Field Sobriety Tests and The Environment
Interviewer: Obviously, we’re talking about field sobriety tests, and I want to talk a little bit about the environment that these tests are conducted in. What about if a test is conducted in an environment that’s conducive to a false positive result?
For example, let’s say the police are administering the test on an uneven surface or on a side of the highway, or there’s oncoming traffic and lights are flashing in the person’s eyes. Does that play a role in the overall field sobriety test?
Nathan: It absolutely does. The big thing that we see here in the State of Wisconsin is winter versus summer, which is not surprising, the level of snowfall on the roads, or the temperature.
Police officers have the right to take you back to a police department or to any covered or heated area so that you can perform a field sobriety test on a flat surface. If there are issues with uneven surface or temperature, those are all things that we would look at in terms of evaluating the performance of a field sobriety test.
Police Taking You Back to an Area
Interviewer: You said the police officer has the right to take you back to an area.
My question is twofold. One is if you have to comply with that, and the second part is if you can request, as someone being pulled over in Milwaukee or Sturgeon Bay, that you’re taken back to an area that maybe is on a more level surface or maybe the weather’s not impacting it.
Nathan: If an officer wants you to do that, you’re either going to have to do it or you’re going to be deemed of effort refused to do them. I’ve never had a client say, “This is not a level surface. I would like to be taken to the police department to conduct this on the level surface.” I’m definite that they would comply with you if you wanted to do that.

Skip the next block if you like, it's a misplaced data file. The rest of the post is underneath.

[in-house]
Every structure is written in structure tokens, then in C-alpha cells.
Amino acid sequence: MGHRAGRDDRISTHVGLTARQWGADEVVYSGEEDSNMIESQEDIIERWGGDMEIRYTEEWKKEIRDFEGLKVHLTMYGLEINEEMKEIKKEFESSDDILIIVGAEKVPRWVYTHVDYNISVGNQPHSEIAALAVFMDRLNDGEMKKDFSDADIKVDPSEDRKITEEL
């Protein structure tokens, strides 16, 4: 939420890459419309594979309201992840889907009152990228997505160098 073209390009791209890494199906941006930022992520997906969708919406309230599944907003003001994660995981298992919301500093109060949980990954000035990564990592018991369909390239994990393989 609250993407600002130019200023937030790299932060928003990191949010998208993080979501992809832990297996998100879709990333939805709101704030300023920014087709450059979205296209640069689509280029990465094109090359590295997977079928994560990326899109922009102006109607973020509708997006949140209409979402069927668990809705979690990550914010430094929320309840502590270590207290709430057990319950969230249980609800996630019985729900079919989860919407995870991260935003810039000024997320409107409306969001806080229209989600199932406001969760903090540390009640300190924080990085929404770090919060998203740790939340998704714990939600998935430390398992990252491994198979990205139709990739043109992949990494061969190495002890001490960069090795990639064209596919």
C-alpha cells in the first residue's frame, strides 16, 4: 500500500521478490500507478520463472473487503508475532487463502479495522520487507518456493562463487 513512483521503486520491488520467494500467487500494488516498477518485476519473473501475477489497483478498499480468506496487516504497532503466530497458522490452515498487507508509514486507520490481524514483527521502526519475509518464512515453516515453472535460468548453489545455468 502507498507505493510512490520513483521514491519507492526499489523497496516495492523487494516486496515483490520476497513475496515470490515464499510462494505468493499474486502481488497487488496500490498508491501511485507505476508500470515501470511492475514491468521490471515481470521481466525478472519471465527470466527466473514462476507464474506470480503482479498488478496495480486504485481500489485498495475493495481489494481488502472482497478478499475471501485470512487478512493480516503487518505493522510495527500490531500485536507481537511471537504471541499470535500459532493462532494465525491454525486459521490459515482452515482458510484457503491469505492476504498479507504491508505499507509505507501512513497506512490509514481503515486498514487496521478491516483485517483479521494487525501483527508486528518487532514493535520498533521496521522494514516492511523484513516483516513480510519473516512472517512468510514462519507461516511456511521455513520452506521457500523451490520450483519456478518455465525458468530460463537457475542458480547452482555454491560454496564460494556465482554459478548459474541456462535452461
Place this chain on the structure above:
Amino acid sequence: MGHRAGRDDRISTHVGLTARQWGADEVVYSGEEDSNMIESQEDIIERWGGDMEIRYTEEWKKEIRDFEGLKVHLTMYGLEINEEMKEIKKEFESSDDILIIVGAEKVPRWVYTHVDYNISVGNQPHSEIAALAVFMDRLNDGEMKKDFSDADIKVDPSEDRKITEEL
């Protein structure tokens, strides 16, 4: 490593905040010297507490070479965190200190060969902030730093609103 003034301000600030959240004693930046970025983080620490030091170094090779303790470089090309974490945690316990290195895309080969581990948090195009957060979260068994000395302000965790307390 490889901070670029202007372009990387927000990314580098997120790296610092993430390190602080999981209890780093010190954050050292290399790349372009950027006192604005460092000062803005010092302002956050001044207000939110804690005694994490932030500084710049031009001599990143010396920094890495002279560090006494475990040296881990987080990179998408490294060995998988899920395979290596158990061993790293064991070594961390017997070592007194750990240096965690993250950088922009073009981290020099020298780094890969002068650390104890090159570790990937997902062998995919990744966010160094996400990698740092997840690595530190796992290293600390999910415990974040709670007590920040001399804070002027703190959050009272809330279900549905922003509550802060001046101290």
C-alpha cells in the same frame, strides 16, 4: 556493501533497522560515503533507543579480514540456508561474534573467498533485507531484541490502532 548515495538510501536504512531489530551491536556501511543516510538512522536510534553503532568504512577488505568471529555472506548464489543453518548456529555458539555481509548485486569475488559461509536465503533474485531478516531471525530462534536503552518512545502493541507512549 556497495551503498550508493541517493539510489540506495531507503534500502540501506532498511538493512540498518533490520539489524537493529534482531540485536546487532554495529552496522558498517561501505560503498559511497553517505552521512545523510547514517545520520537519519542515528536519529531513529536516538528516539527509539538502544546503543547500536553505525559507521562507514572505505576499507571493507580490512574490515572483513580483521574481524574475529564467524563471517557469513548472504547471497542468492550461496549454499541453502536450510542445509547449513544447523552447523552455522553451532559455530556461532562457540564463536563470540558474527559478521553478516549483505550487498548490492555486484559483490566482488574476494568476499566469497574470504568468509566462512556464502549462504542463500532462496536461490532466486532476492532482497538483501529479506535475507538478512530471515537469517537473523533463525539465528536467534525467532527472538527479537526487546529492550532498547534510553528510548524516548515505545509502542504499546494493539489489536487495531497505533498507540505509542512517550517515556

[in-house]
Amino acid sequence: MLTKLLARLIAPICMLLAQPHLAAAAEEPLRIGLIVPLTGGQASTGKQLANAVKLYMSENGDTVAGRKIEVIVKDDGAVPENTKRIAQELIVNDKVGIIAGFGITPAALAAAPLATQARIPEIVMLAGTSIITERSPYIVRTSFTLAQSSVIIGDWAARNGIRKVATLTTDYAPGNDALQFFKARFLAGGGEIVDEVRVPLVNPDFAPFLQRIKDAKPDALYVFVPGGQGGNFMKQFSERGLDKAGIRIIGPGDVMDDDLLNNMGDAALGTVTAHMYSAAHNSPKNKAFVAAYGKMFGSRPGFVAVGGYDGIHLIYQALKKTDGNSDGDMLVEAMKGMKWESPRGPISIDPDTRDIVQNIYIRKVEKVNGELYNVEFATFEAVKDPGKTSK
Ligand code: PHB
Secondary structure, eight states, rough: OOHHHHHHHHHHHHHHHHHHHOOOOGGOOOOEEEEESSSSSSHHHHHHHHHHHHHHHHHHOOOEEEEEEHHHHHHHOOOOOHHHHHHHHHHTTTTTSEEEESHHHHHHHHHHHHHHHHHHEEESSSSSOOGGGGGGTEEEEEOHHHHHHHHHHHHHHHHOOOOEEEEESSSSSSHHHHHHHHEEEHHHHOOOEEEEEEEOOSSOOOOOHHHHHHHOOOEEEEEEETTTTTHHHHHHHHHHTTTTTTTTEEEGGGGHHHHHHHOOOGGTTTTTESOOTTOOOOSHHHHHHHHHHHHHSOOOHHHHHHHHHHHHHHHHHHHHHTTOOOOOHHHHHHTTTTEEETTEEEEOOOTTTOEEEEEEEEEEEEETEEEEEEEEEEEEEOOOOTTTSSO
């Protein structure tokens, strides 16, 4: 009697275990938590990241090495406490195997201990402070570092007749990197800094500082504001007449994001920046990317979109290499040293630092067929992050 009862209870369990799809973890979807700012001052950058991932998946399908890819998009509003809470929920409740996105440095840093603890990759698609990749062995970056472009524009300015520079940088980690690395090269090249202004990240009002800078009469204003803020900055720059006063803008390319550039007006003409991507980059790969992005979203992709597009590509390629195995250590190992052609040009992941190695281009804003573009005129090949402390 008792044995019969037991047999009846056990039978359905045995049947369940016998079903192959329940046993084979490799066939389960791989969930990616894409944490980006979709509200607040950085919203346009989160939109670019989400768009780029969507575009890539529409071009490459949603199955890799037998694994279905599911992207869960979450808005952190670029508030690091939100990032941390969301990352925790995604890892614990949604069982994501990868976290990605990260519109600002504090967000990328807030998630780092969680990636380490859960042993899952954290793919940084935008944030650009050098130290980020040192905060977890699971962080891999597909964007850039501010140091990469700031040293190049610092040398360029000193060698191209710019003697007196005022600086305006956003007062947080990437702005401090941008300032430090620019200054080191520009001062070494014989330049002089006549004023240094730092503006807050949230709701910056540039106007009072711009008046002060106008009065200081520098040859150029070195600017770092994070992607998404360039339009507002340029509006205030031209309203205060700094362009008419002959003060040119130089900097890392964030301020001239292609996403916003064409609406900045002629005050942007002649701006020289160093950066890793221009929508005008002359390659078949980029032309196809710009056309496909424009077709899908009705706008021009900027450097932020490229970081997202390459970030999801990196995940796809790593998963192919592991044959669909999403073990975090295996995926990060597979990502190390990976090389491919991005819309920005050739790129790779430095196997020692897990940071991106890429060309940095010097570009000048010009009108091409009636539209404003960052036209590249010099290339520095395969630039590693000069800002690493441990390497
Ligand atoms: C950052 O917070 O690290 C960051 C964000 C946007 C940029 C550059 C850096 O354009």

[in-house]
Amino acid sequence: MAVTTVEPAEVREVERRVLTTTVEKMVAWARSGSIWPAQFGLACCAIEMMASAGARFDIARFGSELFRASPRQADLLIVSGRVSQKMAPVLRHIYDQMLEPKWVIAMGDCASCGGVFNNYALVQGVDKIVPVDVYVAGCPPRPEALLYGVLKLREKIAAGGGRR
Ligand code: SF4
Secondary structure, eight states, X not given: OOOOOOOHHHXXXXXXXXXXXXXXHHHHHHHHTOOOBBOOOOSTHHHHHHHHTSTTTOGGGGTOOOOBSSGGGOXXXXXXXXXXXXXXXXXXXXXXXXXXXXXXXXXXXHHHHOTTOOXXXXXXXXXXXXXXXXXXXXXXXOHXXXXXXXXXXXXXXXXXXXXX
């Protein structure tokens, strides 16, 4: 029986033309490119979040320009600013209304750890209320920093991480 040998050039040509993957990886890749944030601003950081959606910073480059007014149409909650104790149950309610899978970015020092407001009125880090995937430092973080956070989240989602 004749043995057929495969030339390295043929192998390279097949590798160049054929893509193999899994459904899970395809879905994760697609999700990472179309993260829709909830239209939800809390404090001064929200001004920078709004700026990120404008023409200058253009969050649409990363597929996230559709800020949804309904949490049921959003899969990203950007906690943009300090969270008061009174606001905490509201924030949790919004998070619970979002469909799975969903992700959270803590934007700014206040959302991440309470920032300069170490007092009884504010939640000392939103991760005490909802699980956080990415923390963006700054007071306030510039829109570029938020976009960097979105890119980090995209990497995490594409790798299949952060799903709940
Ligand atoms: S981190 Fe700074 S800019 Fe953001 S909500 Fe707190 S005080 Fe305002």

The Weather is an Absolute Factor
Interviewer: Obviously, you talked about the weather, it snows quite a bit and there’s quite a lot of ice. Other than the uneven surfaces, does the cold weather, the warm weather, hot, snowing, raining impact field sobriety tests at all in Wisconsin?
Nathan: The answer is absolutely yes. The example I give to you is…I pick a reference. If it’s extremely cold out, what happens when opposing teams come into Lambeau field?
They’re freezing. It absolutely has an impact on their level of play, the quarterback’s ability to hold the football to make long‑field throws, getting hit. There are a lot of things that come into play, and these are just a few of them, yes.
Interviewer: Will the clothes that I wear affect my performance during the test? If so, will it be taken into account by the officer?
Nathan: Yes, it will. Typically, what you will see is the type of shoes. That’s the biggest one. If you have a female client who has four inch stilettos on an officer typically will ask if they’d like to take those off before performing these tests. If you don’t take them off, yes, I’m sure the officer will, by definition, “take it into consideration,” but there’s no guarantees.